When we over-emphasize knowledge in our approach to discipleship, we end up with a classroom approach. Discipleship is a checklist of things to read and know. It’s curriculum-based and doesn’t take into account where God is currently working in the life of an individual.
The all-head discipleship model has been a popular approach for many years. Teach them. Give them knowledge. Instill in them new facts. Discipleship is primarily about knowing the right information, whether that’s the books of the Bible in order, church history, memory verses, or the most precise Trinitarian language. The academic model centers on the classroom: we educate toward discipleship.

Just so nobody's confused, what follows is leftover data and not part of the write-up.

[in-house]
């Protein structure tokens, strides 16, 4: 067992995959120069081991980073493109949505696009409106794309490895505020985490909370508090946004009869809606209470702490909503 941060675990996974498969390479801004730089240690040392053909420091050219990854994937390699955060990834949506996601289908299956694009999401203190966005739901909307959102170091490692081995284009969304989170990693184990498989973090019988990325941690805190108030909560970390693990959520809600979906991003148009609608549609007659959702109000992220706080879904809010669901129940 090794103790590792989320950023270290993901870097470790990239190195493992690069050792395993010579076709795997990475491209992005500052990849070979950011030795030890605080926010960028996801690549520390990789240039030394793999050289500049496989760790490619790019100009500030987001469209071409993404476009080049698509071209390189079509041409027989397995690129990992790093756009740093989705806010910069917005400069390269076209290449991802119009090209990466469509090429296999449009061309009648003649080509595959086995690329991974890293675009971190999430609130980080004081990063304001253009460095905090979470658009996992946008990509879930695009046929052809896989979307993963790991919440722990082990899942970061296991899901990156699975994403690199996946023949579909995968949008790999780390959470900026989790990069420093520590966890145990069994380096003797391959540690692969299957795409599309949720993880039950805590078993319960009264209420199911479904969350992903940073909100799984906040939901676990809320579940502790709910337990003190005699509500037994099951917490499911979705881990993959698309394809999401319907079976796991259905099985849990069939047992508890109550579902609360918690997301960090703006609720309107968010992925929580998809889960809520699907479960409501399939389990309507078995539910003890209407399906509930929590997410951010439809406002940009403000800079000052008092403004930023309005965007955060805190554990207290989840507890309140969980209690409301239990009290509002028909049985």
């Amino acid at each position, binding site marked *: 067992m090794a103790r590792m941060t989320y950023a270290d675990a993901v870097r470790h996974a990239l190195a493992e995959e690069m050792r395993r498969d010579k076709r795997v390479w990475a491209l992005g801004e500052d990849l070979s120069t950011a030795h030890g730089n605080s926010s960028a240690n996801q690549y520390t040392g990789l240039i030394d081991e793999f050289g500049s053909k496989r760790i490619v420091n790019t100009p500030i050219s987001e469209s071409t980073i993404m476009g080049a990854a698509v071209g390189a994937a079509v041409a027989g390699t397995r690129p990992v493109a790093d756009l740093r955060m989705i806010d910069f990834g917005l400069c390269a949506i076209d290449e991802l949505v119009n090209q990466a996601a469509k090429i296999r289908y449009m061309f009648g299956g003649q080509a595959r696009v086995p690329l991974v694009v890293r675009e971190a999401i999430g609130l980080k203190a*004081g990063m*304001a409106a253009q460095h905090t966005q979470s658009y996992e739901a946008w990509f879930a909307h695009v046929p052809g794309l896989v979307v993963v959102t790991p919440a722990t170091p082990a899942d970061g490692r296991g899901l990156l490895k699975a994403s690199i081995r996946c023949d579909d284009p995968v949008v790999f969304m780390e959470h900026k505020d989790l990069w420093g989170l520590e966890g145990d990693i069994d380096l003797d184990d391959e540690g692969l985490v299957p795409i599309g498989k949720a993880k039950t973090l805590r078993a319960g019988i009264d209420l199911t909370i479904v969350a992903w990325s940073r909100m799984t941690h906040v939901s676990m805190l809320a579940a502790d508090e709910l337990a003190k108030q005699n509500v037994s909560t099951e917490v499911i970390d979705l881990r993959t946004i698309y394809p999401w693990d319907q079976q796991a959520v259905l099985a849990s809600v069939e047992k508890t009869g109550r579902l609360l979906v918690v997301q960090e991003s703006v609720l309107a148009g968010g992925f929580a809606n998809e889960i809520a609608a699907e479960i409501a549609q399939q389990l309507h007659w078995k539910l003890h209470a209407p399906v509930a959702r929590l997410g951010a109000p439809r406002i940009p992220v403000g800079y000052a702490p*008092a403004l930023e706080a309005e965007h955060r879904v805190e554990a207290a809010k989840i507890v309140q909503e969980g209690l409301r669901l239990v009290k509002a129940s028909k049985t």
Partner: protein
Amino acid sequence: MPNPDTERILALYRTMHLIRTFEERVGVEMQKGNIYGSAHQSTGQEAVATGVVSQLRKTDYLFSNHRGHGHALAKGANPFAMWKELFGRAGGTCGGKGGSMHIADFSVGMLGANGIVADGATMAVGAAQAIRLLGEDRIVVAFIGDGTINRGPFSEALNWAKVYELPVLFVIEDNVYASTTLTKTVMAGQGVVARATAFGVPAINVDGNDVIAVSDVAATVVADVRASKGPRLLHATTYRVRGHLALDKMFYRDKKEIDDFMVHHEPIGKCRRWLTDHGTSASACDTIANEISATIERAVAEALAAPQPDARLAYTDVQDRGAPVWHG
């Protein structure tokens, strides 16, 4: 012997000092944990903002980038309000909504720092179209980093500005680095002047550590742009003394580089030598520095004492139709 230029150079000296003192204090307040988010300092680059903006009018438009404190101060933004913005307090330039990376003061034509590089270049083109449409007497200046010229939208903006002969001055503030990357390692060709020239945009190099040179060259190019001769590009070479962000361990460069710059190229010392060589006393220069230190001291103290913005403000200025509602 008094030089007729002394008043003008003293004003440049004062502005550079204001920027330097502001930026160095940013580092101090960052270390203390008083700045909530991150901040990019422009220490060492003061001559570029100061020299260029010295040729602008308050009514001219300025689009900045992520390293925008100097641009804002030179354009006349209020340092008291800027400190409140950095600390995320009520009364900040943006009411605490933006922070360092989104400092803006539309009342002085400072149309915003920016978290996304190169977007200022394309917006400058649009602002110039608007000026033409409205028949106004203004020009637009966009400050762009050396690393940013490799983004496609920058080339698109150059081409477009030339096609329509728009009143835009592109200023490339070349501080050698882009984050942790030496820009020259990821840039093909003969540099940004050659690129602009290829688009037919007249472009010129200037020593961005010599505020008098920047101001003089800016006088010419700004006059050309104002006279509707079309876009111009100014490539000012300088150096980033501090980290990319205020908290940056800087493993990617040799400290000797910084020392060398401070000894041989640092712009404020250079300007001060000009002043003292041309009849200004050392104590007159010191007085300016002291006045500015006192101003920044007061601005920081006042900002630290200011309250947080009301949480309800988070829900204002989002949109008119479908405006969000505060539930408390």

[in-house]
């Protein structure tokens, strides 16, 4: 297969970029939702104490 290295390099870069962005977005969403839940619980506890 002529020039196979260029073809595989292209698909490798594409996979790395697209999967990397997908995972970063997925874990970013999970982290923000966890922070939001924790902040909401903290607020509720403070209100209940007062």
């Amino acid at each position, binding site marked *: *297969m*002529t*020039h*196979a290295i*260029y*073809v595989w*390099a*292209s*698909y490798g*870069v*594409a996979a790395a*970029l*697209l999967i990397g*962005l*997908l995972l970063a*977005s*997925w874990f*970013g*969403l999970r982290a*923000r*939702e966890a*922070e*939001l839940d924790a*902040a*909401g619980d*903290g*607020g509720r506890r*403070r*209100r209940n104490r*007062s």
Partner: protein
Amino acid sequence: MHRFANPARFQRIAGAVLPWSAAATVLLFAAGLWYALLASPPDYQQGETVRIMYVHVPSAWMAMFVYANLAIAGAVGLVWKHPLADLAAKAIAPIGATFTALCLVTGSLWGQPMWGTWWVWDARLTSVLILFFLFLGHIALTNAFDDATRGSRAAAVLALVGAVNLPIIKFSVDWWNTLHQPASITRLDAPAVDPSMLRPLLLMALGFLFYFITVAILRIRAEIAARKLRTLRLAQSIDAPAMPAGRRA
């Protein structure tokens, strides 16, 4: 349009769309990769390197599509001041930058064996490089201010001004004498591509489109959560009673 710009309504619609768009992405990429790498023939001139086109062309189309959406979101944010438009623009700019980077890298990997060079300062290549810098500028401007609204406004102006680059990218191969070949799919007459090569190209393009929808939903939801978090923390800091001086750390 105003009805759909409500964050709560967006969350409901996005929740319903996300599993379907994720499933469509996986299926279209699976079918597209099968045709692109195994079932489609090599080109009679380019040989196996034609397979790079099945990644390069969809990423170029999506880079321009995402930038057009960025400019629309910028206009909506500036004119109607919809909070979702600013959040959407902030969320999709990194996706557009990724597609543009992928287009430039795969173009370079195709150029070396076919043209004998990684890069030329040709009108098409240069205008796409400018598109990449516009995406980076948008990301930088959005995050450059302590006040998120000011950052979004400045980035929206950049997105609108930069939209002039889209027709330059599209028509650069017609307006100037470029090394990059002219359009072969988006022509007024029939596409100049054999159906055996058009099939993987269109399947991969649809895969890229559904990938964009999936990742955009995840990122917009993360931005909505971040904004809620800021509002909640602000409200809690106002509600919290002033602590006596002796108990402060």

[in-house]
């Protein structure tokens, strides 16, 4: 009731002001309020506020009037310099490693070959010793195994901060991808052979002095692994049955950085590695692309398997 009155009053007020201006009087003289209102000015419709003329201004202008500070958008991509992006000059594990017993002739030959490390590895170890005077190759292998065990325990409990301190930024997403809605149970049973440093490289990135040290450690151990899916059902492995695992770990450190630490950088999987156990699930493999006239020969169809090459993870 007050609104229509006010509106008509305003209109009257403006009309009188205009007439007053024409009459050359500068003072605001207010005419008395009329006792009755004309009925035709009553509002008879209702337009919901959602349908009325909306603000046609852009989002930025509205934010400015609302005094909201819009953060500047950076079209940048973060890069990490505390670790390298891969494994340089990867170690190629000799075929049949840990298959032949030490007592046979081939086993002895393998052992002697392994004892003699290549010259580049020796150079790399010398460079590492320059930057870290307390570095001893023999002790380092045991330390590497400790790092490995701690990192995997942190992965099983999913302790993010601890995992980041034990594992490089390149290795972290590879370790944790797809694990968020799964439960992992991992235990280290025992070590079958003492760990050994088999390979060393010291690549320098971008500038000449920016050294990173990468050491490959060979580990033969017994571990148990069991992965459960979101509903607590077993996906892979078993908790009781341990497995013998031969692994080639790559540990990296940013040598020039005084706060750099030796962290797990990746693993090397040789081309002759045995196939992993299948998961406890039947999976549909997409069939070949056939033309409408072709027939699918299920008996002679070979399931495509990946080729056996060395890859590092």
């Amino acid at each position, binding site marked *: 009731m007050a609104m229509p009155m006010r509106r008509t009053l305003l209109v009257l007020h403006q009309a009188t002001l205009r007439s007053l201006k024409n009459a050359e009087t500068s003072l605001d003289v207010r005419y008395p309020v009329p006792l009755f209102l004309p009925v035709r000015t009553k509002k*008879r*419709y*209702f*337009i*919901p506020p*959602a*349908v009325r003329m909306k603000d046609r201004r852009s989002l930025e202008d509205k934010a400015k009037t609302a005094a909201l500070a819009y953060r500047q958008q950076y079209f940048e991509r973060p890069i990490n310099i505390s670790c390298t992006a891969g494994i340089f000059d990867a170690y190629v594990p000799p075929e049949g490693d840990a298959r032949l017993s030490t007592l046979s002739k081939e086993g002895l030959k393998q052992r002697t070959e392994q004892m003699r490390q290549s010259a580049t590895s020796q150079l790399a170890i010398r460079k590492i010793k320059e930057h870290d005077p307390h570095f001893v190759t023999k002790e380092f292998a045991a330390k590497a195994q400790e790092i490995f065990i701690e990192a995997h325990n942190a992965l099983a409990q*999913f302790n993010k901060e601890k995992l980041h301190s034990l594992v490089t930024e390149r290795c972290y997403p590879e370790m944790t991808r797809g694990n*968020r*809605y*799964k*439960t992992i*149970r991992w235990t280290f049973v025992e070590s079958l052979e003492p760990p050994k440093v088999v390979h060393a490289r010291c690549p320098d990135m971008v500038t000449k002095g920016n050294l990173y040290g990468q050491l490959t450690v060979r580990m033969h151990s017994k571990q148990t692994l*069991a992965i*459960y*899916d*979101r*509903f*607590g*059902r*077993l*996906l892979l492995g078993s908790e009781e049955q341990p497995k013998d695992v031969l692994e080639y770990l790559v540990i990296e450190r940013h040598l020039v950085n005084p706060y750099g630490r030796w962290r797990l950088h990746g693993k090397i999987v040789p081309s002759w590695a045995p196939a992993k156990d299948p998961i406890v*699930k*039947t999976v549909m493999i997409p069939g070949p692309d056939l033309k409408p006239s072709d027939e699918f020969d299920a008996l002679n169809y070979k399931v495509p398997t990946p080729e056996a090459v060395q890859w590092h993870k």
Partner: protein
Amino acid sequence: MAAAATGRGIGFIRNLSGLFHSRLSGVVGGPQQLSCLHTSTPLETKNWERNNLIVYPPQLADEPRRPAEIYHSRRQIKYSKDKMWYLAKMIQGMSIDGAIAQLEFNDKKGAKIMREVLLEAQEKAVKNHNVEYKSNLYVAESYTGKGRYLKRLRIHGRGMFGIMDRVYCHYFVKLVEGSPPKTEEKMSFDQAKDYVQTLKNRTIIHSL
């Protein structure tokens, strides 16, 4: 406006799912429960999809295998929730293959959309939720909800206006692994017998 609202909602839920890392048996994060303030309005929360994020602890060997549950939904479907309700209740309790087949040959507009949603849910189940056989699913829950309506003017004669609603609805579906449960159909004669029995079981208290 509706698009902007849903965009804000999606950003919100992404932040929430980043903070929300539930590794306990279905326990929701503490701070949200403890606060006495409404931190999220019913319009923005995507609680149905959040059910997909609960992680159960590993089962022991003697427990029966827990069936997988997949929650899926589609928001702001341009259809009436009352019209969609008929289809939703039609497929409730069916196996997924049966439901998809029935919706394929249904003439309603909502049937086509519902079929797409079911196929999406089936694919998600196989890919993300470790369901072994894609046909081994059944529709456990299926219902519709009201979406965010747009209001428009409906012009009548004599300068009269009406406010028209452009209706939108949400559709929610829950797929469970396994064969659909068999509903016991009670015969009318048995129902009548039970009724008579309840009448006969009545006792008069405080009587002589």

The assumption of the academic model, often unstated, is that if people know enough, they’ll start doing the right things and their hearts will change. But we know from long experience that it doesn’t automatically follow. Knowing doesn’t always lead to doing or being. We might get our thinking straight, but we don’t let it go to our heart. Often those we disciple in this way begin to think that knowledge is the point of discipleship–knowledge for its own sake. The more you know, the more mature a disciple you are. Pride and subtle one-upsmanship are more often than not the result.
With a skewed overemphasis on knowledge, the consequence is disciples who fail to reach out and act. The danger is becoming educated beyond our obedience, thinking straight but not letting it go to our heart. Too often we assume if we just know certain things we are mature. Not so. We must do them and feel them too.